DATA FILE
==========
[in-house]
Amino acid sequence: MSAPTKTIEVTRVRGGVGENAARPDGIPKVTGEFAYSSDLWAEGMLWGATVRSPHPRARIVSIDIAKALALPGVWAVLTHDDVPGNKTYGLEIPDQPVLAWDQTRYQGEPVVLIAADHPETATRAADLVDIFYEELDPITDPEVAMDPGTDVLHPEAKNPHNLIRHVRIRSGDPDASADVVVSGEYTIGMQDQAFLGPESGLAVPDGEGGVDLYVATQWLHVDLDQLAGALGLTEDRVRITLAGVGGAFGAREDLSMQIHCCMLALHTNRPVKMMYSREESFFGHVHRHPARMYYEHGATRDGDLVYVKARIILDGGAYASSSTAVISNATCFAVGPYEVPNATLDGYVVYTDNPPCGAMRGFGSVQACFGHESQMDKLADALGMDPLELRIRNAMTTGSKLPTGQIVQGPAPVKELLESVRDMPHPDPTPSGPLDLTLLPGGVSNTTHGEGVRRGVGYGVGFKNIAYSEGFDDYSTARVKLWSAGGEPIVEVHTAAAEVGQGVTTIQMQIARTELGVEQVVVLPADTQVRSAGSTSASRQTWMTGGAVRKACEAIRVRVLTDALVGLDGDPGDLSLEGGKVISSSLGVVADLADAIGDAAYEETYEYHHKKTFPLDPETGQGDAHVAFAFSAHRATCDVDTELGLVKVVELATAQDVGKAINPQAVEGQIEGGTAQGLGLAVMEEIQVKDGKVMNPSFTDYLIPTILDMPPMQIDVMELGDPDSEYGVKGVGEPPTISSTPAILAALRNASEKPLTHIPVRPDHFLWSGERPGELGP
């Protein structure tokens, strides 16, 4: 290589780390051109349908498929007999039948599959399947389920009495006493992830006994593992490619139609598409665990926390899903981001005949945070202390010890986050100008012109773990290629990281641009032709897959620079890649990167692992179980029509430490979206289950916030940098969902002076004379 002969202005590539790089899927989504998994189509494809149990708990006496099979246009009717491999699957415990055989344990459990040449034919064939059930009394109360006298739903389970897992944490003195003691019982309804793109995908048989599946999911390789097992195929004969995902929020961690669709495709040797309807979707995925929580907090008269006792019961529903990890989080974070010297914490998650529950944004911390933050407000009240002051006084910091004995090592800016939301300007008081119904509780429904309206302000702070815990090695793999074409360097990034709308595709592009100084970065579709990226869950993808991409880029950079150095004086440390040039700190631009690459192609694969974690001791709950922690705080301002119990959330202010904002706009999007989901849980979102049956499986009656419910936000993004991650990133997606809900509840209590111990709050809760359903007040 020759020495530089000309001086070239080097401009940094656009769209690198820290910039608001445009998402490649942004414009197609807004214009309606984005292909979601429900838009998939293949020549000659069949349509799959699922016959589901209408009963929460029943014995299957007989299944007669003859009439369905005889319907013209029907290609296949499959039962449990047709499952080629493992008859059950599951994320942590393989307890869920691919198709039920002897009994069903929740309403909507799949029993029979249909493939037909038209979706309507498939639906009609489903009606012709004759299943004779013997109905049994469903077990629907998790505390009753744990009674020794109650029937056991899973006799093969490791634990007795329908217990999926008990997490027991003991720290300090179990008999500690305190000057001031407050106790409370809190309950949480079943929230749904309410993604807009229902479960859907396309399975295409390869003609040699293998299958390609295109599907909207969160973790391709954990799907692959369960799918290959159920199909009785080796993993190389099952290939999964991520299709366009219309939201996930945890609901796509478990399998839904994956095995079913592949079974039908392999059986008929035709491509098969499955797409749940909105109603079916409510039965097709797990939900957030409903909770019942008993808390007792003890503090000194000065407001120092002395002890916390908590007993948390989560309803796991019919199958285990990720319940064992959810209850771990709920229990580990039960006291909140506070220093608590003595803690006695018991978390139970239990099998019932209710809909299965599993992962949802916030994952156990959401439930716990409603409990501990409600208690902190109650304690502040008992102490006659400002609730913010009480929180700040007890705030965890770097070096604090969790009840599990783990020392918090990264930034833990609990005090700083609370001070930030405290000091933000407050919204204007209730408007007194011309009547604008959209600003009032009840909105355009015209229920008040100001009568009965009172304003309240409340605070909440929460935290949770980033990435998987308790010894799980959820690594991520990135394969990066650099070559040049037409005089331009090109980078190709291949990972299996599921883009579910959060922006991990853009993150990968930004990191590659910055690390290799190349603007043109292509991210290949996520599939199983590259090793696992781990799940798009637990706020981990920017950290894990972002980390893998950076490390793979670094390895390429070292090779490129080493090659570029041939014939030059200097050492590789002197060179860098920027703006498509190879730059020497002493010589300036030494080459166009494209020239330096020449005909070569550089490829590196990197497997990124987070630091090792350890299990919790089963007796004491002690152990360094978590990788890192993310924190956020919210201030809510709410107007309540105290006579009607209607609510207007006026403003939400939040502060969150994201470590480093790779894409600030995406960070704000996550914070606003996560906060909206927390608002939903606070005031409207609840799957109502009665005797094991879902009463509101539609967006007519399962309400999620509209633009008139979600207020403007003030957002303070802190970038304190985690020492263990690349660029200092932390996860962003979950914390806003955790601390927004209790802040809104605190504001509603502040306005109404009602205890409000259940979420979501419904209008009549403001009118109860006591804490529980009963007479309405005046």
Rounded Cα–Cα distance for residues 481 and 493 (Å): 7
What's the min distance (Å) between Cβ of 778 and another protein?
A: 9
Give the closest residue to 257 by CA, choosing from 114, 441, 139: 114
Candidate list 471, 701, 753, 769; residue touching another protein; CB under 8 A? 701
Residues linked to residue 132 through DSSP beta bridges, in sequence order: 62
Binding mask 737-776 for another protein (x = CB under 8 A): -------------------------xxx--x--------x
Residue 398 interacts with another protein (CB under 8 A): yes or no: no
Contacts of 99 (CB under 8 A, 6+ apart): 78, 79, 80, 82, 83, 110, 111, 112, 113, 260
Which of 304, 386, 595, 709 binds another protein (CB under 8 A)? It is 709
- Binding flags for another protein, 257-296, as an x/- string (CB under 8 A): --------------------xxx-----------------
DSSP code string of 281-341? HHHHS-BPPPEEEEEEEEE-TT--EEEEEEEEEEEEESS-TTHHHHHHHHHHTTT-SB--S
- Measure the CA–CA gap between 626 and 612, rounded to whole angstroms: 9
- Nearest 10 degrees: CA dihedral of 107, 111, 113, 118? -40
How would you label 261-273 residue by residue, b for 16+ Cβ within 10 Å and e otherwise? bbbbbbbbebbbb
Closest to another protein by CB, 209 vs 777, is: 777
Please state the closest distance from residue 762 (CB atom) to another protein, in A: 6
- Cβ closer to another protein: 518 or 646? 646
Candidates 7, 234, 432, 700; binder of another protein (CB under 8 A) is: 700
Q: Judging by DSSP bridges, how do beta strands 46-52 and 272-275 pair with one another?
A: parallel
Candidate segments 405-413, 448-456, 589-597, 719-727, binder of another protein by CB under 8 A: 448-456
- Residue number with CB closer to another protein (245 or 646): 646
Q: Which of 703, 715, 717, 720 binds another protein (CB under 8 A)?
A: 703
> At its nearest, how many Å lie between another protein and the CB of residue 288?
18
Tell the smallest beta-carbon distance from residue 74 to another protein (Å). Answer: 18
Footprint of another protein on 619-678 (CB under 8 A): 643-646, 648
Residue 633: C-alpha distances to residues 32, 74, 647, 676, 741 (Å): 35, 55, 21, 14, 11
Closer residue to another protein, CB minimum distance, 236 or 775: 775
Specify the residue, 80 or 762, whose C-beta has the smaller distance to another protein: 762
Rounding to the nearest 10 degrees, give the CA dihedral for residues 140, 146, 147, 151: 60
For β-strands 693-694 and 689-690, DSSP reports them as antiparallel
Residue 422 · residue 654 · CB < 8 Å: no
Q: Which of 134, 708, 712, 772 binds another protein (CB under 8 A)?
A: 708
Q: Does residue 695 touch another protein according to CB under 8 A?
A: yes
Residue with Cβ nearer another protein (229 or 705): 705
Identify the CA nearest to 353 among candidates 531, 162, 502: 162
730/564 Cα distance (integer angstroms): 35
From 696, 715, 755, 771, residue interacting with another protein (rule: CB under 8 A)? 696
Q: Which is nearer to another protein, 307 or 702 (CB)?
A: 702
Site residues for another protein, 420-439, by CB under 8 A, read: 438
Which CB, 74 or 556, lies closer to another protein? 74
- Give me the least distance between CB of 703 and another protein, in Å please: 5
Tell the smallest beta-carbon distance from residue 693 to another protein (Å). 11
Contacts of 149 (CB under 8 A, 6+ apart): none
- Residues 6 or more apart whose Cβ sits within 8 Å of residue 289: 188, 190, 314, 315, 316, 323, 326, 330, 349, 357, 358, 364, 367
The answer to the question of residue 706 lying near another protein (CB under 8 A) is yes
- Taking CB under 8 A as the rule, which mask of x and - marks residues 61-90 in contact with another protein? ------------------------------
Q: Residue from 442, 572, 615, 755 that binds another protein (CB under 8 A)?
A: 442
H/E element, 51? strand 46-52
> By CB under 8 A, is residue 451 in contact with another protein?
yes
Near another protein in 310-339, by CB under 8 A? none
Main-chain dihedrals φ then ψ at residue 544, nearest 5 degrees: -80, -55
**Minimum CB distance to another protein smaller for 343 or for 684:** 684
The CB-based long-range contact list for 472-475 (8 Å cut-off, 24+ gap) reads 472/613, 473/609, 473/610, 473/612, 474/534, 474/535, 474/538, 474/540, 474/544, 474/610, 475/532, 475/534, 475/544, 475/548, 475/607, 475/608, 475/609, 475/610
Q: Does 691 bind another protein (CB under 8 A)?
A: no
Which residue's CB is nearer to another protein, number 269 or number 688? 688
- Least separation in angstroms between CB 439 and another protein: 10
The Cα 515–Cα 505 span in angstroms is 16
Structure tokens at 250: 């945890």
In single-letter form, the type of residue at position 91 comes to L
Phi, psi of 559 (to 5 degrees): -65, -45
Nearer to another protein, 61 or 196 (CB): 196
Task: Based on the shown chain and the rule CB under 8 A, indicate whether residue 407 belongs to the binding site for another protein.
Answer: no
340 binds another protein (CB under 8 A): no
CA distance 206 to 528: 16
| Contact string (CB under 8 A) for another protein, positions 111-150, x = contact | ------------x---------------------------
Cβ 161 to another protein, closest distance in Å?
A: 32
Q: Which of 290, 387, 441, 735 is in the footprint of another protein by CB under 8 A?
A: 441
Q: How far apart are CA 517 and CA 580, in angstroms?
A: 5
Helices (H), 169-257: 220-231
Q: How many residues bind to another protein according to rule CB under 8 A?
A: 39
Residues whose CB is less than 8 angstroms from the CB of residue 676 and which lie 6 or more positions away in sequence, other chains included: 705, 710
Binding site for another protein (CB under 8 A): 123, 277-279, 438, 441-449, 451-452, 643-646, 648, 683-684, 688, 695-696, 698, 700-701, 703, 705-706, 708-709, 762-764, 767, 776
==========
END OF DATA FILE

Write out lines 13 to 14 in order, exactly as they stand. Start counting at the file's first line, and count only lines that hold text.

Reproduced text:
Which of 304, 386, 595, 709 binds another protein (CB under 8 A)? It is 709
- Binding flags for another protein, 257-296, as an x/- string (CB under 8 A): --------------------xxx-----------------